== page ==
I was very interested indeed to hear Charlotte talk about “fixed lengths of film” and how they “correspond to a fixed period of time”. The intertwined relationship between the body and technology. I’m personally not so interested in this relationship between the body and technology but I am interested in Prodger’s discussion on technology and in particular this idea of the fixed duration fo time determined by the length of film.

I have never really thought about this duration being determined by a physical length of material before and its a really thought provoking idea. Particularly the idea of the family photographs Ive ben looking at are a sequence that ave been determined by a duration fo time and the length of the film.

Prodger also talked about her fascination with 16mm film, and this has come at an ideal point in my research as I have just been looking at my grandparents super 8 wedding video wondering how I can work with these images. Lots of ideas and thoughts about it to come…..

David Campany in Conversation with Wendy McMurdo and Pauline ...?

I’m interested in the “Hybrid space between photo & video.” - David Campany

Technology has now enabled us to have a stills camera, a cinematic camera, a sound recorder, a mobile editing tool and more all incased in an Iphone. This however is not a new idea. David Campany Introduced us to The Sept camera, manufactured by Debrie, France, 1922. This was a camera capable of all these things in one device and covered all aspects of this Hybrid space mentioned earlier. This multi use device fulfils the “desire for fluid ability to switch between still and cine”(Campany) and has ignited some ideas for my final output of my FMP in terms of how to publish to multiple platforms using variations of the project for different outputs. In the coming weeks I shall be writing a project proposal and these influences and ideas gained form this conversation will be part of my initial proposal.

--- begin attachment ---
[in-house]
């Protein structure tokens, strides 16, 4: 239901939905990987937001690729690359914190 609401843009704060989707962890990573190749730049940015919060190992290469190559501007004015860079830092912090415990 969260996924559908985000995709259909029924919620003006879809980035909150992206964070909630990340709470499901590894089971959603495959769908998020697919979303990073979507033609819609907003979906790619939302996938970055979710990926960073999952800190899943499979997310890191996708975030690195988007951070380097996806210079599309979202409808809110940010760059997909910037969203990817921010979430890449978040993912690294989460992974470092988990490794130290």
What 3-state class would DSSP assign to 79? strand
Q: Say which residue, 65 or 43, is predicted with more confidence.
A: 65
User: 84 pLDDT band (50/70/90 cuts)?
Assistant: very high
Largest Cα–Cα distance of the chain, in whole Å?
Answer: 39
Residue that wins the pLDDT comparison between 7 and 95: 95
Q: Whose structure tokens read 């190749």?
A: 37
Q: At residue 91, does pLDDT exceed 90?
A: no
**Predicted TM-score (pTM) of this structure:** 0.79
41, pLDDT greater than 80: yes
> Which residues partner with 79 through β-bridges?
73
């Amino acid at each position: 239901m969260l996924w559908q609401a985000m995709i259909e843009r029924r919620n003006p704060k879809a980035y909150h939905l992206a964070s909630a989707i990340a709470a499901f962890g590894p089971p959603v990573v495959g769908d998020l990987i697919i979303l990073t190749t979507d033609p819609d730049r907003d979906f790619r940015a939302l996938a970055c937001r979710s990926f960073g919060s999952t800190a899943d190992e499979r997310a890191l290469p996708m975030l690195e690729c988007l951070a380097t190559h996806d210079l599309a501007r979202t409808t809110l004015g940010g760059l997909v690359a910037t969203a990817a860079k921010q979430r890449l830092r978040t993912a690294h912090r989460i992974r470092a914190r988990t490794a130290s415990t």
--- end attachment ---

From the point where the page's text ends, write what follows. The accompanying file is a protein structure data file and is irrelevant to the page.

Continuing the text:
Immemory - Chris Marker

Thinking of our memory as a kind of 'history book', or thinking about our fragments of memory in terms of 'geography'. We map our own paths collecting memorandum along the way. These paths can the be organised through the photographs made, the postcards collected and stored in an archive. 

This idea of memory being related to geography reminds me of the Chinese Tradition 'memory Palace'. Items of memory are placed along a path known well to the person and the path is then travelled along passing past items of recollection. 

This idea of geography, of recollecting the paths once travelled and also the objects of memory are all things I wish to integrate into my practise in the future - perhaps through landscape works or through physical travel to obtain a deeper understanding of what I understand to be my own methodology in memory work. 


Marker, C. (2018). Immemory. [online] Chris Marker. Available at: [Accessed 19 Aug. 2018].